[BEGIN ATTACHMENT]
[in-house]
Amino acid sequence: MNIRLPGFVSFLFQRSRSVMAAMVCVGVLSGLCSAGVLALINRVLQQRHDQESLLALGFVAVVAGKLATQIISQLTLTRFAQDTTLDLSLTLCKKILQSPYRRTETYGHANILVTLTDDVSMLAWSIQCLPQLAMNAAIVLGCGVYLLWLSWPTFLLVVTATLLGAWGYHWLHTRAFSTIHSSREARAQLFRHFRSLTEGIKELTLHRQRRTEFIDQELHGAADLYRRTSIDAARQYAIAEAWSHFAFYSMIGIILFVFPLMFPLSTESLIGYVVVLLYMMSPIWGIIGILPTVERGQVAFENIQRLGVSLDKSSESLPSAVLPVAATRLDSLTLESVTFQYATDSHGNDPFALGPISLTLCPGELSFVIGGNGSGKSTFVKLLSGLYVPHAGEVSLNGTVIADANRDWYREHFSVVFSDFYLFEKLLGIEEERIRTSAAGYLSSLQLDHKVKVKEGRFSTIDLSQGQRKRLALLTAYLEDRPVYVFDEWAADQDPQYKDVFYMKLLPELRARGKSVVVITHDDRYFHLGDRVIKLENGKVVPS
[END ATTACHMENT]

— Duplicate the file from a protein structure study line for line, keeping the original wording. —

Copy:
[in-house]
Amino acid sequence: MNIRLPGFVSFLFQRSRSVMAAMVCVGVLSGLCSAGVLALINRVLQQRHDQESLLALGFVAVVAGKLATQIISQLTLTRFAQDTTLDLSLTLCKKILQSPYRRTETYGHANILVTLTDDVSMLAWSIQCLPQLAMNAAIVLGCGVYLLWLSWPTFLLVVTATLLGAWGYHWLHTRAFSTIHSSREARAQLFRHFRSLTEGIKELTLHRQRRTEFIDQELHGAADLYRRTSIDAARQYAIAEAWSHFAFYSMIGIILFVFPLMFPLSTESLIGYVVVLLYMMSPIWGIIGILPTVERGQVAFENIQRLGVSLDKSSESLPSAVLPVAATRLDSLTLESVTFQYATDSHGNDPFALGPISLTLCPGELSFVIGGNGSGKSTFVKLLSGLYVPHAGEVSLNGTVIADANRDWYREHFSVVFSDFYLFEKLLGIEEERIRTSAAGYLSSLQLDHKVKVKEGRFSTIDLSQGQRKRLALLTAYLEDRPVYVFDEWAADQDPQYKDVFYMKLLPELRARGKSVVVITHDDRYFHLGDRVIKLENGKVVPS